Statistics question on interpreting my results for sampling distribution

The weights of pennies minted after 1982 are approximately normally distributed with mean 2.46 grams and standard deviation 0.02 grams.

What is the probability that in a simple random sample of 10 pennies minted after 1982, we obtain a sample mean of at least 2.465 grams?

I found out that the answer is 0.2148, but I don't know how to interpret my result. I know that if I take 100 of these pennies about 21 of them will result in a sample mean of at least 2.465, but when I say this it makes little sense. Am I saying that I am averaging 21 of these pennies to be at least 2.465 grams? Are they averaged randomly?

What's a better interpretation? The probability that a randomly selected penny will have a sample mean of 2.465 grams is 21.48%? When I say this, I still can't make sense of the wording.

It seems you're missing the crucial information in the very text you typed. (And it sounds like you have been taught a way of thinking about probability that is leading you into confusion - one where you interpret probabilities as small-sample proportions. While it might sort of work on the simplest problems, it can easily mislead you. Drop that way of thinking, it is serving you badly here because - among other things - it's leading you to introduce additional numbers that distract you from the actual numbers.)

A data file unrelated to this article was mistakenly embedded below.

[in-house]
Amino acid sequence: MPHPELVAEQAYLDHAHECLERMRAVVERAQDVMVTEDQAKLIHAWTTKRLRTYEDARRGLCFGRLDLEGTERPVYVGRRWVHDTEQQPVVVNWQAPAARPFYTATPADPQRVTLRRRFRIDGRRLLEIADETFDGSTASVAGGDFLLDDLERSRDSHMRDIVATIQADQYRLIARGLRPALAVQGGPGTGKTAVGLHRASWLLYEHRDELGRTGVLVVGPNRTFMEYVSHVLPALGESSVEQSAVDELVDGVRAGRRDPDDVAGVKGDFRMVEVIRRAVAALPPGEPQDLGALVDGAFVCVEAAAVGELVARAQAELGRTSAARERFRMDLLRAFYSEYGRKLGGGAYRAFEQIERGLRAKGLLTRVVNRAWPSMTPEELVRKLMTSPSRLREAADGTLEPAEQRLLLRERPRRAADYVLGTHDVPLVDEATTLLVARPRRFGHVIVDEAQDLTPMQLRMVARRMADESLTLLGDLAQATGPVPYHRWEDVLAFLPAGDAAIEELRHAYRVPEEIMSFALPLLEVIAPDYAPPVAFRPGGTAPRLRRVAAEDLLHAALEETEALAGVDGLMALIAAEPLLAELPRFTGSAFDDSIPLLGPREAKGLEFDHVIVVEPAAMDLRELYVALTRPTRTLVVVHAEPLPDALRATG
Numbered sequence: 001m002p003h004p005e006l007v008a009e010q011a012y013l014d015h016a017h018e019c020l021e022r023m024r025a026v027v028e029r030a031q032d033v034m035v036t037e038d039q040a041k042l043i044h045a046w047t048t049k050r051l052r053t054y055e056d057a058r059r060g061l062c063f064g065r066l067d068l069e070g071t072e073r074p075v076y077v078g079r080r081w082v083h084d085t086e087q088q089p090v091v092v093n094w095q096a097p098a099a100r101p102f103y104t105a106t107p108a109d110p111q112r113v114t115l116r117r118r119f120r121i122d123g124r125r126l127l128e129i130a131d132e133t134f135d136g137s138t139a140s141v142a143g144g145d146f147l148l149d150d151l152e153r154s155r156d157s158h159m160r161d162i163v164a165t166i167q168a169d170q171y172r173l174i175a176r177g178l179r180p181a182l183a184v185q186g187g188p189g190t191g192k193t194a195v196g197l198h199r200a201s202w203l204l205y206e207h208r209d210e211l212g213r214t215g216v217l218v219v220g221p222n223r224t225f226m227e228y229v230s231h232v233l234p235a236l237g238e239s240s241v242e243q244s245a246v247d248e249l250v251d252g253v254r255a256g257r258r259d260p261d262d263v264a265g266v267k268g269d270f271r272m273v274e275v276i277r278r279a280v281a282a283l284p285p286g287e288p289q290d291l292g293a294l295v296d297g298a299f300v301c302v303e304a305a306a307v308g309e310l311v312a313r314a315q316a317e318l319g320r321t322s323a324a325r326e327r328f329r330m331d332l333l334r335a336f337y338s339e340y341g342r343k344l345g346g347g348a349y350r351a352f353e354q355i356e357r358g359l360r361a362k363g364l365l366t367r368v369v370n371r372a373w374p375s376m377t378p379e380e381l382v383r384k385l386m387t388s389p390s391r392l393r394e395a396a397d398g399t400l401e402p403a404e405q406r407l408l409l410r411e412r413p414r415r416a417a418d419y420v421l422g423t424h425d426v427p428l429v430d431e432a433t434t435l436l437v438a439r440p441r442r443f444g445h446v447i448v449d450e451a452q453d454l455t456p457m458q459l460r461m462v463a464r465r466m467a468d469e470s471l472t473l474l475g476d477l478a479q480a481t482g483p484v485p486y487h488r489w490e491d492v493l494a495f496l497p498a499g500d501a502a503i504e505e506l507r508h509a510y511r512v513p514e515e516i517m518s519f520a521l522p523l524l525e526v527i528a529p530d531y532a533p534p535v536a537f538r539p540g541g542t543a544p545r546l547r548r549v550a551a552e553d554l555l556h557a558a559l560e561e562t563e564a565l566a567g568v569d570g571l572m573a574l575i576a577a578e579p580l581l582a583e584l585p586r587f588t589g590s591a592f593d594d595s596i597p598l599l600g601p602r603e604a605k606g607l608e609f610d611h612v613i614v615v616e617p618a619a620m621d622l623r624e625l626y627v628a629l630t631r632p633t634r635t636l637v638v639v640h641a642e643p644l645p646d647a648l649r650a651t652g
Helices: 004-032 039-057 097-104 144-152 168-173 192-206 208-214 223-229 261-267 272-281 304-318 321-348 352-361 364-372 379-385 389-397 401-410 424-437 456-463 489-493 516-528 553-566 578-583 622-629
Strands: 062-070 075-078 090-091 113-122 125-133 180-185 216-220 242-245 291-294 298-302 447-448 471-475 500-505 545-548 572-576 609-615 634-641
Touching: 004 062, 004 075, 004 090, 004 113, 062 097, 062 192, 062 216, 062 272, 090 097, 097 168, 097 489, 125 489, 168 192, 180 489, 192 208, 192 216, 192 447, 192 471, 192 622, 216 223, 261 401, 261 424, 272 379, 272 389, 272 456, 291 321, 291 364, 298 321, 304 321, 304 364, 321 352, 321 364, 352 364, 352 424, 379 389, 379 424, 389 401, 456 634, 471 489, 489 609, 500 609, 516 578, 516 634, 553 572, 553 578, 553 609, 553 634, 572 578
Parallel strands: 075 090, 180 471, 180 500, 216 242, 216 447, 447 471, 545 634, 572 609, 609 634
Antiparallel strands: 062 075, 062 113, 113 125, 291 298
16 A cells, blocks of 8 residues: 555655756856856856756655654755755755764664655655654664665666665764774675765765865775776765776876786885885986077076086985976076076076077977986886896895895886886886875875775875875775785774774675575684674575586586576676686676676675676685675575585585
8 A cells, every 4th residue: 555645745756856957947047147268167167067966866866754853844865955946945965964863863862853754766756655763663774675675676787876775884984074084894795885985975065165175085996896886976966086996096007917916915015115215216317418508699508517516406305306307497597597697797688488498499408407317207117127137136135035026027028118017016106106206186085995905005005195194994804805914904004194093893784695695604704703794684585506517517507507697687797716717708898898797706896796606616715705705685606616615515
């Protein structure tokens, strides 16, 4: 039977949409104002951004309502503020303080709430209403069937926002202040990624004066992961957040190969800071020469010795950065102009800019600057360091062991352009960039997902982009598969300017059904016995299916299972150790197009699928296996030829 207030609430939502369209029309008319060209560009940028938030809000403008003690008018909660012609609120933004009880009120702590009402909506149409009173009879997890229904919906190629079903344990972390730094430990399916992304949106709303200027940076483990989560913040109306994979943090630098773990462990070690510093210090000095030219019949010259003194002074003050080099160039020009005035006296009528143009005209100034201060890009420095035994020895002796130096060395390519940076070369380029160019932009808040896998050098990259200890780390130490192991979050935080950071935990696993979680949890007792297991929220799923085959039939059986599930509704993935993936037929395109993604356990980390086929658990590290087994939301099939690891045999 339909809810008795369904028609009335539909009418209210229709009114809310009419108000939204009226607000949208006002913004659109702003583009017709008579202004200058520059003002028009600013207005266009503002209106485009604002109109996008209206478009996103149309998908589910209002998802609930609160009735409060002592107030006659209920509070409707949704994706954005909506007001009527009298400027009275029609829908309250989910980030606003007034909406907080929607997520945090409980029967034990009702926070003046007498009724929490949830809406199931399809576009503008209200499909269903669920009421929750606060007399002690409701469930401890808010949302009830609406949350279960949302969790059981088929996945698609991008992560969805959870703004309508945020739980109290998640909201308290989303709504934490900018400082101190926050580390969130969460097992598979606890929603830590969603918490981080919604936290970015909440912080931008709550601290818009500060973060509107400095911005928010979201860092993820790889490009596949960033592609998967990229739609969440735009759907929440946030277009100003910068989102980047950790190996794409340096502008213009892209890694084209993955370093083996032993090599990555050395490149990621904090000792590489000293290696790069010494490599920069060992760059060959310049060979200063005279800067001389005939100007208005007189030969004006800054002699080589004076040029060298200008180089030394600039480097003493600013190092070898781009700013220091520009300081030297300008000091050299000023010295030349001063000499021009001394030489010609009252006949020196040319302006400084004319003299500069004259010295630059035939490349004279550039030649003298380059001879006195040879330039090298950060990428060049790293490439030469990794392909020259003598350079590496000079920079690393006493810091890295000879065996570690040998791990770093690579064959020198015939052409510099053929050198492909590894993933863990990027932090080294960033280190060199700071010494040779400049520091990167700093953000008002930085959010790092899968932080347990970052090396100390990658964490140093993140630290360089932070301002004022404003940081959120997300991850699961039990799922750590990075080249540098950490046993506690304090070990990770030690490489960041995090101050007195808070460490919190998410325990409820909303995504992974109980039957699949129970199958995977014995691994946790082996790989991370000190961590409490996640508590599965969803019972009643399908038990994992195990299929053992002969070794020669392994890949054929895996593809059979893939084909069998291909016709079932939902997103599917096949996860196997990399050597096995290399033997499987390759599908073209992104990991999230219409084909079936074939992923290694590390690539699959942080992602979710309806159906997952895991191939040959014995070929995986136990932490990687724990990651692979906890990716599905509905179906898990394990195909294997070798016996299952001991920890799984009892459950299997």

What is the probability that in a simple random sample of 10 pennies minted after 1982, we obtain a sample mean of at least 2.465 grams?

• So you take 10 pennies. Not 100. Not 21. 10 pennies. It's right there in your question!

• You average the weight of those 10 pennies and record the number of grams for that average.

• Now do it again. And again, and again and again*, an extremely large (notionally infinite) number of times.

• you now have a 'population' of average-weights from samples of ten coins.

• If you count what fraction of those average-weights exceed 2.465$g$, you find that (approximately**) a proportion of 0.2148 of those average weights exceed the mark.

* this is the long-run understanding of probability common in the frequentist interpretation of probability, which is the understanding you would bring to this sort of problem

** (averages of samples of size 10 from an approximately normal parent distribution will themselves still only be approximately normally distributed.)